So far we’ve discussed the need to understand your risk tolerance before developing an asset allocation strategy, the four main asset classes we’ll consider and two posts on various asset subclasses.This post puts it all together in a personal Asset Allocation Policy. This post and the final post will present my rationale for the allocation I’ve chosen.
Before we do that, however, we need to deal with two assets: Personal Real Estate and Social Security.
Personal Real Estate
My philosophy has always been that my house is my home. If I happen to make money on its appreciation, great, but my main reason for buying a house is to live in it. I am fortunate enough to have two houses, one north and one south. When I become sufficiently decrepit, I will sell the northern house and live full-time in the south. More decrepit and I’ll end up selling the southern house and living in an assisted care facility or nursing home (ugh).
I have not bought and do not plan to buy long-term care insurance. I treat my housing as that insurance. When it comes to my personal balance sheet, I show my two homes as “Other Assets.” When it comes to my Asset Allocation Policy, I do not include them at all. That’s just my way of doing it; you may choose otherwise.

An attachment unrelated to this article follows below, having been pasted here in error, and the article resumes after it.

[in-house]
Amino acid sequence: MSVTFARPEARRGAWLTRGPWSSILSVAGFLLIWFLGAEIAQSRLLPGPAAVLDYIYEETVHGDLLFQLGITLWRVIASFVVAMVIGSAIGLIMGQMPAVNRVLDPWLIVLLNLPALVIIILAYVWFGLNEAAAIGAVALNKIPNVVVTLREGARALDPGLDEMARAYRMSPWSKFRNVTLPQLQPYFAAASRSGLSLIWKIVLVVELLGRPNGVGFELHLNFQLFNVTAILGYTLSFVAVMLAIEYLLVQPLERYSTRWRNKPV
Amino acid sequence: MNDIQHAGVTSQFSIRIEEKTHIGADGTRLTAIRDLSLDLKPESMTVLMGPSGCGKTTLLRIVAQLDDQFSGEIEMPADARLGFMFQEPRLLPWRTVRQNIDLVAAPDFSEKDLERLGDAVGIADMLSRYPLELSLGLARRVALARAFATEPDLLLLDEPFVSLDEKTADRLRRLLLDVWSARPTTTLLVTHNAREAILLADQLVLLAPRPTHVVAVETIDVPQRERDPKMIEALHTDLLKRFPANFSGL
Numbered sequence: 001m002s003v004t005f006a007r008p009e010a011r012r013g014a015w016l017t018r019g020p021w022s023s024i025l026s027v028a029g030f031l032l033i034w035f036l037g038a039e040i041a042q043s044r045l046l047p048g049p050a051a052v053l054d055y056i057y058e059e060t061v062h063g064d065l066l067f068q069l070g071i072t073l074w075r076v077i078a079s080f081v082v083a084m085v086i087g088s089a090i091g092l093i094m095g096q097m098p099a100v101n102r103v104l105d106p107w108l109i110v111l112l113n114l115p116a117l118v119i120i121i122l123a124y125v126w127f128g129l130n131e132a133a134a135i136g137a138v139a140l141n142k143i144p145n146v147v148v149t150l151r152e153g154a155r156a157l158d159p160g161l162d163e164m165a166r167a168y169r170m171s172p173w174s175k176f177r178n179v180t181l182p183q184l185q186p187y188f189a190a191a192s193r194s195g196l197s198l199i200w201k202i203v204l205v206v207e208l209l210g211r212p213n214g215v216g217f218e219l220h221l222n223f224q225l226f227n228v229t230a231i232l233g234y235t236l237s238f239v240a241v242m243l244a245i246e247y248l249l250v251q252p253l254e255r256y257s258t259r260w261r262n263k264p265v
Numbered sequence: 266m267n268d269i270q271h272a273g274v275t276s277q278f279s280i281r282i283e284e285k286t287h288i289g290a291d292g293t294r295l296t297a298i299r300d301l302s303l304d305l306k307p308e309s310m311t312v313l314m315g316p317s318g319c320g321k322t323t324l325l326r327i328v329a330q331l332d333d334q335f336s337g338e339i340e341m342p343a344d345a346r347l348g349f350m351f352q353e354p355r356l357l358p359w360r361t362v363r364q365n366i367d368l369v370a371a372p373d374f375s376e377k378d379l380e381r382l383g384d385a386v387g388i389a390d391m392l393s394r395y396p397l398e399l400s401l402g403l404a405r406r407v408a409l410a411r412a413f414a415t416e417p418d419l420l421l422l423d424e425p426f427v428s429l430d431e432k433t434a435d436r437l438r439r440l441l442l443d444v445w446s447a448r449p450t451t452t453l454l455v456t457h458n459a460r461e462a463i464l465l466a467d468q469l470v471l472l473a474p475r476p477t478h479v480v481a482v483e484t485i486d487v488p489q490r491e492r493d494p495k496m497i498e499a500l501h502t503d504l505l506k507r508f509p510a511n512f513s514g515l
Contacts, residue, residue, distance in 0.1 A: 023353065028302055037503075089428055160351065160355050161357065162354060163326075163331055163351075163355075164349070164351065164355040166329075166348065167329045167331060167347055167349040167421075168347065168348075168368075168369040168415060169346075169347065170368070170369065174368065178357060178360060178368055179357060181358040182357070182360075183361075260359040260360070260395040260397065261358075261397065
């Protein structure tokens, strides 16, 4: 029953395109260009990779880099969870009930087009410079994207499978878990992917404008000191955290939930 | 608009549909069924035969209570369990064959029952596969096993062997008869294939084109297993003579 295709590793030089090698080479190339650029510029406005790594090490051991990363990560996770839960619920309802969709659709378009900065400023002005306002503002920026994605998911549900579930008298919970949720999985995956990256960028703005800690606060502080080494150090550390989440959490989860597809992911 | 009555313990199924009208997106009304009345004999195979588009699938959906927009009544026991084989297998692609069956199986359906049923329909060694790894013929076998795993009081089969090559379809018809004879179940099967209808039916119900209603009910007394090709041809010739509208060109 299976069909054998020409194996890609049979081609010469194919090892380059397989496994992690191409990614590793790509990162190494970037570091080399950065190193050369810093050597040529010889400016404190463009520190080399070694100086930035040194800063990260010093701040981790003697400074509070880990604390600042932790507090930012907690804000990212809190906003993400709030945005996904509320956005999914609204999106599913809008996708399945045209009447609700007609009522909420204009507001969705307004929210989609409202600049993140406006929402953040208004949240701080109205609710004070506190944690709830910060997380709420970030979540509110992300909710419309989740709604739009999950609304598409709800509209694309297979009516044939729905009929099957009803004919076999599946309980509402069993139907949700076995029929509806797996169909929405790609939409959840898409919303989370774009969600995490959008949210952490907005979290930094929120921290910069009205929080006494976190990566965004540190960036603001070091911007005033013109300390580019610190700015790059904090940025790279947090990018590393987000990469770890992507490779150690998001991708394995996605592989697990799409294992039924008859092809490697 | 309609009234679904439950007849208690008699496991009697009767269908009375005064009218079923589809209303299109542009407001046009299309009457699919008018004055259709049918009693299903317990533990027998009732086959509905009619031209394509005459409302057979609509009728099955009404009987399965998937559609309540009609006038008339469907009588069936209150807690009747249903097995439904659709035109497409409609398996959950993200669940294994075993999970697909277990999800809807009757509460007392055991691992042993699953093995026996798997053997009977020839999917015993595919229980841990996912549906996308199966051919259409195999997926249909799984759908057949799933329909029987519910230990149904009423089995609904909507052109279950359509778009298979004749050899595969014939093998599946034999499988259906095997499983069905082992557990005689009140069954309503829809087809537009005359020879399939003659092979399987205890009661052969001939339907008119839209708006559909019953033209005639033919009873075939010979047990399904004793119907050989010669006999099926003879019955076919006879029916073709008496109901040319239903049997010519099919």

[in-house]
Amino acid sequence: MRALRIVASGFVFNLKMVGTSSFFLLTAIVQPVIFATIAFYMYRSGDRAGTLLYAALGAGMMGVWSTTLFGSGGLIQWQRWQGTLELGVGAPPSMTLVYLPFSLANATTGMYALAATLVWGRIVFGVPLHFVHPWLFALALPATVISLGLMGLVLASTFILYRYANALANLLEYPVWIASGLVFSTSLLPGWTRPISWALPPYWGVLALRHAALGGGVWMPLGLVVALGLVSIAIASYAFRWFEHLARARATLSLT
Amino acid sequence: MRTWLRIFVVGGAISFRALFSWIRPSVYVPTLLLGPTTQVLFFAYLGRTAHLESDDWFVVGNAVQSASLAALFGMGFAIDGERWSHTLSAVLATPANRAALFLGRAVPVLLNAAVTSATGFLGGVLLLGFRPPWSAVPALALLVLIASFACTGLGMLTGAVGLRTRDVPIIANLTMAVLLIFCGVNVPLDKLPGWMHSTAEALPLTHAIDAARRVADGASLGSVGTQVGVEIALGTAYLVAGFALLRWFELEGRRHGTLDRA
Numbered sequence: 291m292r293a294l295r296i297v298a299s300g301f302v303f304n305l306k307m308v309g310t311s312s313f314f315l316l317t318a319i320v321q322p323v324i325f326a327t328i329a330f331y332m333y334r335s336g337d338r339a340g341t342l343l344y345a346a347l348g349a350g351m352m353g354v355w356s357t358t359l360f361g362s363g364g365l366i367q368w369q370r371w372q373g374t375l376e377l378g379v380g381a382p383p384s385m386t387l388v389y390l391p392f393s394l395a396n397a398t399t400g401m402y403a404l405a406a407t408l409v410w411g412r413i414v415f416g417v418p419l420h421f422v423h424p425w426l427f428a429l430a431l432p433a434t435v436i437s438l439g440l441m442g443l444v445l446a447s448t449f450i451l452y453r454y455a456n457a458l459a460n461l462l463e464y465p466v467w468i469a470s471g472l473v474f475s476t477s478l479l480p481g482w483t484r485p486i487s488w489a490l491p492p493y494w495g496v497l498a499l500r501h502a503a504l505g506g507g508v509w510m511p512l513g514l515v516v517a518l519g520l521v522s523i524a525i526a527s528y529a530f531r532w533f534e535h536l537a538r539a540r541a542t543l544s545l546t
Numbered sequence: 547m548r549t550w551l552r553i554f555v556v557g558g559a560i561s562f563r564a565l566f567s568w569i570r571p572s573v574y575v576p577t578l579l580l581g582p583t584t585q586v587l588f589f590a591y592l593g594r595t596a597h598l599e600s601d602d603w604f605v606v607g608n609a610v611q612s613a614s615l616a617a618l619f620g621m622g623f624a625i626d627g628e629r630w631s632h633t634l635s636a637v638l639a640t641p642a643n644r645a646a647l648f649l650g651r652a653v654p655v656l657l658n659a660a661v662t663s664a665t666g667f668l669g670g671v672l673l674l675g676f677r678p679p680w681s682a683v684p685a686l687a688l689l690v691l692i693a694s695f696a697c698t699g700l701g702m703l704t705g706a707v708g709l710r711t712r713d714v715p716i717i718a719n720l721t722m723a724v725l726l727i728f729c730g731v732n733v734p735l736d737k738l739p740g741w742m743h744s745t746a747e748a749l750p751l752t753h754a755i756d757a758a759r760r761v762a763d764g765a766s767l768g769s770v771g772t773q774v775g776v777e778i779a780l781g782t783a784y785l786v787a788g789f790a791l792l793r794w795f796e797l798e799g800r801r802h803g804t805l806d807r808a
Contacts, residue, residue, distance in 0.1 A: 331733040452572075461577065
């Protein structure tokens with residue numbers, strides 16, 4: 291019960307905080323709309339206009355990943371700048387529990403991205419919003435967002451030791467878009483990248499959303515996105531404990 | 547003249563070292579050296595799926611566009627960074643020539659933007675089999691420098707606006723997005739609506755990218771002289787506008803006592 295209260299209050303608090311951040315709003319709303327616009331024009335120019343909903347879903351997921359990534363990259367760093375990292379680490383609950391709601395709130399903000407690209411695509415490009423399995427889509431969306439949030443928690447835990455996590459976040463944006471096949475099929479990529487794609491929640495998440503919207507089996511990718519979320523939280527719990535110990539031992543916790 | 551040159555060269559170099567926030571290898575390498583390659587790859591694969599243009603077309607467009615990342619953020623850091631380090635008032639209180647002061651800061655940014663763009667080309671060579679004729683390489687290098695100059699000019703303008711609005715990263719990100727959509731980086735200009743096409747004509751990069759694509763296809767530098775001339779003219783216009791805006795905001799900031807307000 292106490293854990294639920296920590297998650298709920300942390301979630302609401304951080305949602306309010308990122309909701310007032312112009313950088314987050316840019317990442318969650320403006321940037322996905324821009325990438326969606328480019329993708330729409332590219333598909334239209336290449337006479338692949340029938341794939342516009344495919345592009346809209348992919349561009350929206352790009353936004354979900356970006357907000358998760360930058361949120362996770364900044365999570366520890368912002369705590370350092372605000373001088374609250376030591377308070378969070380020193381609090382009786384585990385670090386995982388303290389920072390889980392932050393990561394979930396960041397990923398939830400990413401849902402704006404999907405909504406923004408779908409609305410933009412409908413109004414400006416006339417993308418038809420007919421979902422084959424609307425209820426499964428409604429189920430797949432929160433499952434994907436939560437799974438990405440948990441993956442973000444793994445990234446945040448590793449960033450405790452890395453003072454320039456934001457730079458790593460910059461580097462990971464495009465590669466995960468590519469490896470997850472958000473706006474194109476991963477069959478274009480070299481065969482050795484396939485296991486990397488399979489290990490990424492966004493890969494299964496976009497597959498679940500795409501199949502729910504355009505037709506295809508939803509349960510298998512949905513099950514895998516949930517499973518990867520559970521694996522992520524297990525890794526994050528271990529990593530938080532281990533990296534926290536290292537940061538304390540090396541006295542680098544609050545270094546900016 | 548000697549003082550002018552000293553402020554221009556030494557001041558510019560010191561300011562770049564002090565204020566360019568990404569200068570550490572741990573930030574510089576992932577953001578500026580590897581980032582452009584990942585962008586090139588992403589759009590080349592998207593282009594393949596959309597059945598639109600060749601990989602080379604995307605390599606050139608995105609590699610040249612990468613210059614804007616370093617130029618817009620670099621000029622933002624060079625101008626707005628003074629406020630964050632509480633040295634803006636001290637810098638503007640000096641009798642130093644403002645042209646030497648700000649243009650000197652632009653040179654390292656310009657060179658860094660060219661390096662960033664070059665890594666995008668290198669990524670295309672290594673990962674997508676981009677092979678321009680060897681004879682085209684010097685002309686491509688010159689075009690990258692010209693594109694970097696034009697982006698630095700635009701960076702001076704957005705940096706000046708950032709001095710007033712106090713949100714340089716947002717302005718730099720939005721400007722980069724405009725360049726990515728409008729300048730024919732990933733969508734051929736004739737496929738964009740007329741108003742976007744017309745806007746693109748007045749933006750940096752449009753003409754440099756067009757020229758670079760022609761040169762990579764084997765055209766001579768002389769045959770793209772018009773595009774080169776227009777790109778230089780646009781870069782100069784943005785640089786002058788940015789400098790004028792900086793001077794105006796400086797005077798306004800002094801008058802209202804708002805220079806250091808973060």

I noted earlier that I treat the defined benefit pension I receive from a former employer as a bond. By parallel reasoning, I should treat Social Security as an indexed bond because the monthly payments are linked to CPI. But I don’t.
I do not have post-retirement medical insurance from my employment. I am purchasing catastrophic coverage until I reach Medicare eligibility, at which point I will have whatever Medicare coverage is then available. (It has to change, but that’s a topic for another post.) I’m sure I will need to purchase a supplementl policy to cover what Medicare does not.
I really have no clue where healthcare in the United States is going, and so for now I have olayed the entire issue by keeping the value of my future Social Security Payments off balance sheet. My implicit assumption is that the red cape of my Social Security payments will cover the charging bull of my post-65 medical costs. It’s inaccurate, mismatches timing somewhat, but it works for me—which is why you won’t see Social Security in my Asset Allocation Policy.
If you (very reasonably) take a different approach toward your Social Security Benefits, I recommend you treat it as an inflation-protected bond.
Jim’s Asset Allocation Policy
So here we are after four and a half posts at the moment to cue the drummer and press the red button that activates the stage curtain. It retracts and reveals:
Jim’s Asset Allocation Policy as of 24 December 2010:
Short-term Balancing Item
US Large-cap 23.0%
US Small-cap 10.5%
Emerging Markets 5.5%
Real Estate 3.0%
In the final post of this series, I’ll discuss the rationale for my current thinking and what changes might cause me to modify the policy in the future.